Turk soberly raised his glass. "I have picked up your habits, even developed your tastes --- but I have not your weaknesses." He absorbed half the glass without a trace of reaction. It would have taken a gallon to shake him.
"When I was young I dreamed of creating rhythms with a power such as that; power to reach beyond races and differences, to affect everyone the same. It would have been nice to try." His flexible fingers beat out a tattoo on the bar, complimenting the sounds pouring from the wall.
In spite of my slight training in music, I couldn't follow his intricate pattern. It was as close to a new melody as he could get. As I listened, I realized that the human race had created the blues, but this alien creature was using it, and weaving his own emotions into it. The damp bar was no substitute for a drumhead, but Turk made it do.
The record ended, and Turk took another mouthful of liquor. "The man who made this must have been a very tired, very lonely man," he said slowly. "Your blues is the very soul of loneliness."
"As strong as that?" I asked.
Turk sipped his drink. "Good music...must always communicate to the soul. For, in what other respect are listeners and creators alike?"
He emptied his glass, and put some money on the bar. "I must leave, to sleep. Tiredness comes early to one so old. Thank you, Bob, and you may keep the change this time. I am not now so deep in debt. Goodby, my friends." He walked slowly to the door.
"So long, Turk," nodded Bob, polishing a glass.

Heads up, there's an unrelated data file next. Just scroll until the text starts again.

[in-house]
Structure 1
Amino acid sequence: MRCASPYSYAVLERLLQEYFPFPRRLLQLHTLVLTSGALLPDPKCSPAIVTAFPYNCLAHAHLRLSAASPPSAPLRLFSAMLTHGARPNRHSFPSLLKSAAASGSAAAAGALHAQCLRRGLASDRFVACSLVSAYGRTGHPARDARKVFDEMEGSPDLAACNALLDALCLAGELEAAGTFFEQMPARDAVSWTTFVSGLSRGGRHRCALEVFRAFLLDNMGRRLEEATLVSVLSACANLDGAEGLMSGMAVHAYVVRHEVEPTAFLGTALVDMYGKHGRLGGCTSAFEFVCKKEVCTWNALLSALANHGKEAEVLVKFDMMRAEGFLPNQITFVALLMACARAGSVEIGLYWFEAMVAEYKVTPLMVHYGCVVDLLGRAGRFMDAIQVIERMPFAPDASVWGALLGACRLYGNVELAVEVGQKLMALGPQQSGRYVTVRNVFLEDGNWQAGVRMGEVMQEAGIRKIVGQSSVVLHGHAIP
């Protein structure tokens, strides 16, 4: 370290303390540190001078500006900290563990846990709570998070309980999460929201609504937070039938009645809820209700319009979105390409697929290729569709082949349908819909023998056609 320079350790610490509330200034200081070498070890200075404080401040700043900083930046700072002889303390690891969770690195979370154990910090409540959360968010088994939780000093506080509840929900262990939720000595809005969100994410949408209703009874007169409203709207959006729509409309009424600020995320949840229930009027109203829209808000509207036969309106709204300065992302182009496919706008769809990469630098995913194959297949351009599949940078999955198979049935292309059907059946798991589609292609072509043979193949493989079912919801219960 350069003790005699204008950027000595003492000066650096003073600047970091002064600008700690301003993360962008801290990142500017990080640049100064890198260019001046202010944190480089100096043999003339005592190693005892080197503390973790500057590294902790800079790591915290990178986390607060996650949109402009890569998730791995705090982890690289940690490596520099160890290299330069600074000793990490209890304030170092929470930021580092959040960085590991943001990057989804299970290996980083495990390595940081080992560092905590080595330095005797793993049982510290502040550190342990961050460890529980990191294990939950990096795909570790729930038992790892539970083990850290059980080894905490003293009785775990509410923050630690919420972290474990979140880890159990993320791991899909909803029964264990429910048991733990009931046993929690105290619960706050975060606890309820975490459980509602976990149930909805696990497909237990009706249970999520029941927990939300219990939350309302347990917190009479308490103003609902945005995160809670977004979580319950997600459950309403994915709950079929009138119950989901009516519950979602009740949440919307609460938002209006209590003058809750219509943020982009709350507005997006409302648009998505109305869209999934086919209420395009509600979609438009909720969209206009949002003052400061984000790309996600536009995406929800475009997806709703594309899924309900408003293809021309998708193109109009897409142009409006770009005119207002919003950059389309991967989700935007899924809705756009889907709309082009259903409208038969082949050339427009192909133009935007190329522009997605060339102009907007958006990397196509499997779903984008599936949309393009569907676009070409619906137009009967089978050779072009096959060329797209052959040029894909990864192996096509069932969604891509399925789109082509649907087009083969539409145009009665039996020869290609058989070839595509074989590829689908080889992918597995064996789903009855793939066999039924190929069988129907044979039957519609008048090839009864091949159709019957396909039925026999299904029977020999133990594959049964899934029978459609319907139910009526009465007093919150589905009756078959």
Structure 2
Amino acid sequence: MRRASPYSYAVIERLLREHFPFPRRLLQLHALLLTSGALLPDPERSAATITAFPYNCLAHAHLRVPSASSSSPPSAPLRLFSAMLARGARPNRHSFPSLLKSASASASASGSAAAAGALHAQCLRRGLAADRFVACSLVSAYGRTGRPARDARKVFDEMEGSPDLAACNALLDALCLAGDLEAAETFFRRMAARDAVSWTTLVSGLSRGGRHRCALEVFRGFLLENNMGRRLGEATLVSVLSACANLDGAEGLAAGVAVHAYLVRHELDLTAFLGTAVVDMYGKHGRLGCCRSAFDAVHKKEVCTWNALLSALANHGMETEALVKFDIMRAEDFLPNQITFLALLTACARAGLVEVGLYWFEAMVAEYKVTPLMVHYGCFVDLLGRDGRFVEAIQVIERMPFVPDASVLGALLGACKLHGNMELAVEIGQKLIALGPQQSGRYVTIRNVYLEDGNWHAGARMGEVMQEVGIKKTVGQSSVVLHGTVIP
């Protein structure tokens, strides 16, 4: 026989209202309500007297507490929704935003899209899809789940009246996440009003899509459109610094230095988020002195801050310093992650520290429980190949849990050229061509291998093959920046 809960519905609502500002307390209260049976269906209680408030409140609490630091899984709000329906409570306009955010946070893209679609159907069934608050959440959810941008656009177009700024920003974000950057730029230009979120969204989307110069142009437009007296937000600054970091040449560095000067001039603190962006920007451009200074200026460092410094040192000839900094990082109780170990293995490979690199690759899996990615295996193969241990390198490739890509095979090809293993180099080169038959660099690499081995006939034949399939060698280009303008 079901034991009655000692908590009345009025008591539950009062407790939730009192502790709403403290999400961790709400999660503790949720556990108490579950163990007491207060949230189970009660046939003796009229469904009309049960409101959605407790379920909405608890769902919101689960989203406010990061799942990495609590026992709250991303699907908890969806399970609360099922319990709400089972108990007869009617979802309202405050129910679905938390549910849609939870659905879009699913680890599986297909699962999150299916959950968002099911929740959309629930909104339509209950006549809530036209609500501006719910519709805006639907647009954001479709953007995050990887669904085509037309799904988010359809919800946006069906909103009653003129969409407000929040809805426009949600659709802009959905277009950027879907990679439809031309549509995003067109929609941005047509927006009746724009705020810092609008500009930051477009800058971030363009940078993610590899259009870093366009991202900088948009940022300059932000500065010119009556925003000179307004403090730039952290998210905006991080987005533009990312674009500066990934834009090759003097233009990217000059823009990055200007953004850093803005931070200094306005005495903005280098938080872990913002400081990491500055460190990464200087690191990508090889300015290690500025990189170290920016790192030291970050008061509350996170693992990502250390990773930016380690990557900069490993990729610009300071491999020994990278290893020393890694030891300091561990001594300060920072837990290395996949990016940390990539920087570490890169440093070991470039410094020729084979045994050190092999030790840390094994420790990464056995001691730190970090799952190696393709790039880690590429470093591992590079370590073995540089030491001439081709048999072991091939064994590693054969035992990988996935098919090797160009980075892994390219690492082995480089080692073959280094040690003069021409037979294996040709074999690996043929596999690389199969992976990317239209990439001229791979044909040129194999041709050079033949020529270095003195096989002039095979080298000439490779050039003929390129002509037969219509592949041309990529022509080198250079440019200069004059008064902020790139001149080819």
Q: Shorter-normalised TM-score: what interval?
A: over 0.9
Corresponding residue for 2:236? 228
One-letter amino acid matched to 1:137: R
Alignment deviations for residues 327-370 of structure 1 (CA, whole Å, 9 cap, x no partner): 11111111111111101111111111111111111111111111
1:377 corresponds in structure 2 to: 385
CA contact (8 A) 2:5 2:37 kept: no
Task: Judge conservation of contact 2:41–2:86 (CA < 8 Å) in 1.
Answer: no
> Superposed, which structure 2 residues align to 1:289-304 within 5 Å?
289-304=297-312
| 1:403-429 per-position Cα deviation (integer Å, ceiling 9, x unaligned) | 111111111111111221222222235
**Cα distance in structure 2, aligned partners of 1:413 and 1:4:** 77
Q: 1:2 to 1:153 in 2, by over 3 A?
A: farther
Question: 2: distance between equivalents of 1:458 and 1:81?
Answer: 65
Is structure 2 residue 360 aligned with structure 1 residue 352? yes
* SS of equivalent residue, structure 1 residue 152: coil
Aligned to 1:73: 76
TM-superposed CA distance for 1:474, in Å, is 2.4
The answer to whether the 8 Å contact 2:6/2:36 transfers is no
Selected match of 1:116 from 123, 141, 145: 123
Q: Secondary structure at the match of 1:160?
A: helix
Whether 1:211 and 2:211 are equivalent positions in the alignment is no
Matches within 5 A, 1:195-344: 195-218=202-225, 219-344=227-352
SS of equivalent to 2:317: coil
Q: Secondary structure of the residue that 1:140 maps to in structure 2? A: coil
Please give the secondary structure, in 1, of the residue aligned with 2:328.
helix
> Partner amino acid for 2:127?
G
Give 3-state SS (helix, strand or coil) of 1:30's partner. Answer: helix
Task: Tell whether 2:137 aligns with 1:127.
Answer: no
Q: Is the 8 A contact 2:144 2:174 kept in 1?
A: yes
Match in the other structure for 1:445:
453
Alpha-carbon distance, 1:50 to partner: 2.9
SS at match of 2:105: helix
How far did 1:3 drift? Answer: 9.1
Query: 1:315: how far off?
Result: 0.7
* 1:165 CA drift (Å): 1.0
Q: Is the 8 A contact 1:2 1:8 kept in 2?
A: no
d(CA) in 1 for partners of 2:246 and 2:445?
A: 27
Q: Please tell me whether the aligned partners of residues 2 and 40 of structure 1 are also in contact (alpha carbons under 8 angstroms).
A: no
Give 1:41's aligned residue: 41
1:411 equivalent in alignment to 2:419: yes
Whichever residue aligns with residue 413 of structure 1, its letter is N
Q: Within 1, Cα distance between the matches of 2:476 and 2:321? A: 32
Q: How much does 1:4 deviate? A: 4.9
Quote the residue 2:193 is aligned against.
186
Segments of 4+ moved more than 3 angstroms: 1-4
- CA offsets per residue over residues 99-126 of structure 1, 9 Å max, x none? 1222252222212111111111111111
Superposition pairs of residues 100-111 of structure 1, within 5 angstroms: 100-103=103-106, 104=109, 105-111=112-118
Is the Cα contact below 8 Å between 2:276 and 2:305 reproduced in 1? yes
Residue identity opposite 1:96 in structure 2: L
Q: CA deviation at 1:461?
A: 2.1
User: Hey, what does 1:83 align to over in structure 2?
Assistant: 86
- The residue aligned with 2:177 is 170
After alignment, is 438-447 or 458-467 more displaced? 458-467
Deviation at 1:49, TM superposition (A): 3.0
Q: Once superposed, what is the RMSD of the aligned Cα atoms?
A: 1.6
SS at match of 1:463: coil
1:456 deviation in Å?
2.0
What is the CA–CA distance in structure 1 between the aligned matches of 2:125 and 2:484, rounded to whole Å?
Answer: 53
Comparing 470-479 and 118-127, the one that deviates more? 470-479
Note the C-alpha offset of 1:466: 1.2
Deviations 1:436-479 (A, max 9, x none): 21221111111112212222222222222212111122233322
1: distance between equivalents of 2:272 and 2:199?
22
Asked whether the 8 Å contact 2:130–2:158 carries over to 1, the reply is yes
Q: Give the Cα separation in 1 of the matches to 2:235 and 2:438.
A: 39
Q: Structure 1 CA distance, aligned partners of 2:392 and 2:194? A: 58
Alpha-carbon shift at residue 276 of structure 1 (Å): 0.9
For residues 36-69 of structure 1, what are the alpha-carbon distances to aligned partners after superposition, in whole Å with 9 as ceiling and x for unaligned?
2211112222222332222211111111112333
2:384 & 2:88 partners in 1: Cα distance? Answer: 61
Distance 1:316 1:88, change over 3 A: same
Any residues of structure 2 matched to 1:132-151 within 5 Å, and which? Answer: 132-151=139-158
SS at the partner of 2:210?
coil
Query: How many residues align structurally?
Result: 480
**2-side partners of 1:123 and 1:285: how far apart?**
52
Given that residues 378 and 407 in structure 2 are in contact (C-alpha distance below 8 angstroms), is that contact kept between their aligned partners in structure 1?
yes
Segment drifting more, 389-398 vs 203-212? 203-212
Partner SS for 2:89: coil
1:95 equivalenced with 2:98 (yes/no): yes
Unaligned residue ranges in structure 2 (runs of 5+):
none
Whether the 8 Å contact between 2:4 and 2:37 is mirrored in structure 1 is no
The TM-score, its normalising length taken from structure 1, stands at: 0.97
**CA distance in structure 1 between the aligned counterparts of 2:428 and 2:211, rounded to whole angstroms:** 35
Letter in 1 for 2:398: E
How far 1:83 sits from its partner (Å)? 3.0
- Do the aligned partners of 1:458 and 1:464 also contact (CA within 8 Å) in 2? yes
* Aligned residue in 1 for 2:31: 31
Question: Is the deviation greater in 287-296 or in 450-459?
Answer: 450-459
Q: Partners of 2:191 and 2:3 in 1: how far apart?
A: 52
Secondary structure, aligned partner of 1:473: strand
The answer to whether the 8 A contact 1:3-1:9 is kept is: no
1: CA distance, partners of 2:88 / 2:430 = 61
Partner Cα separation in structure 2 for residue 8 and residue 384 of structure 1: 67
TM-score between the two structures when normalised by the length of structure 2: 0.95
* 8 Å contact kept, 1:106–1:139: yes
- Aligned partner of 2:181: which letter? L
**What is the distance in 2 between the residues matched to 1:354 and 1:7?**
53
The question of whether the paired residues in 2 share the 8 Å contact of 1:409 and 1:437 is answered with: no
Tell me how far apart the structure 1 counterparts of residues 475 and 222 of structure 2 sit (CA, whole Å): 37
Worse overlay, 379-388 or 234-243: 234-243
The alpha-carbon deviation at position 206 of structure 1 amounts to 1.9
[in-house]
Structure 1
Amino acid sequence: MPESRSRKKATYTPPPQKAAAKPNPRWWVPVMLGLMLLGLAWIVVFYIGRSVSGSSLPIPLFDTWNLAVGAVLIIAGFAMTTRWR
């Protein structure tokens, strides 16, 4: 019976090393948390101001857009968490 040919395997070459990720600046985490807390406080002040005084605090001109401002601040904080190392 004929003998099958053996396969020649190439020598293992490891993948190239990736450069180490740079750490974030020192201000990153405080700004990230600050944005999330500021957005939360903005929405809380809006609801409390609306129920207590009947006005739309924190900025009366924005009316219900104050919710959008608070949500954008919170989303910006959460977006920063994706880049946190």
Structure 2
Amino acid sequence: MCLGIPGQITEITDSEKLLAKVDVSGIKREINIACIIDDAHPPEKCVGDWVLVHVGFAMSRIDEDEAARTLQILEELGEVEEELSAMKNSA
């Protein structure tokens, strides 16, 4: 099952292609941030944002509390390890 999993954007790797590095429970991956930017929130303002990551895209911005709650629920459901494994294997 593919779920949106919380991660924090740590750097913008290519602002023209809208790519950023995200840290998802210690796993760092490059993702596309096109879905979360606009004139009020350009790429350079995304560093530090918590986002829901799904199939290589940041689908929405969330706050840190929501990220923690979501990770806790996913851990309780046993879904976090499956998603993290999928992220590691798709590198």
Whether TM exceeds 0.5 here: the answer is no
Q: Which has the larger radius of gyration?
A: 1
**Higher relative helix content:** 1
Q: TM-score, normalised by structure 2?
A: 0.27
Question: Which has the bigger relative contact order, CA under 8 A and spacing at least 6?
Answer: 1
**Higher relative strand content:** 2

I turned from staring at the door that closed behind the old Martian. "Bob, give me a double bourbon, straight."
"Isn't it a little early in the week for you? Look at what you've had already."
"Never mind. Just pour."
I took as much as I could in a gulp. It shook me, but it was what I wanted. "God, Bob, it must be hell for him!"
"Who, Turk? He never complains."
"Yes he does --- in the music. Did you ever really listen to his rhythm?"
"I -- yeah. I've listened."
"We'll never know what it's like to be alone, the way he's alone."
"I don't know," Bob said. "He always has his music."
"Only in one way," I said, realizing the truth of my words as I spoke. "He can't Share his music, Bob. Can any human really understand a Martian drummer's rhythms? He has to play it for himself alone, Knowing he's alone. And yet -- is there any real difference between him and us?" I thought of the hatred that had grown up between Earth and Mars, so like the hatreds that had divided the human race. I remembered the war of extermination we had waged on Mars. I remembered gleeful tabloids shrieking MILLION MARS-MEN EXTERMINATED IN H-BLAST, as though they were troublesome vermin. I remembered the swift-running hounds of plague that finished our war for us, even as our consciences were trying to stop it.Turk was the only Martian I had ever seen in Luna City. He might be the only Martian left in all the Moon Colonies.
"No wonder he likes the blues so much," I said. "But why doesn't he hate us? He's got every reason to. For God's sake, why doesn't he hate us?"
"I don't know," Bob speculated, calmly washing glasses. "Maybe he'd like to, but he can't. What would he have left, then? Bad as we are, at least we try to listen."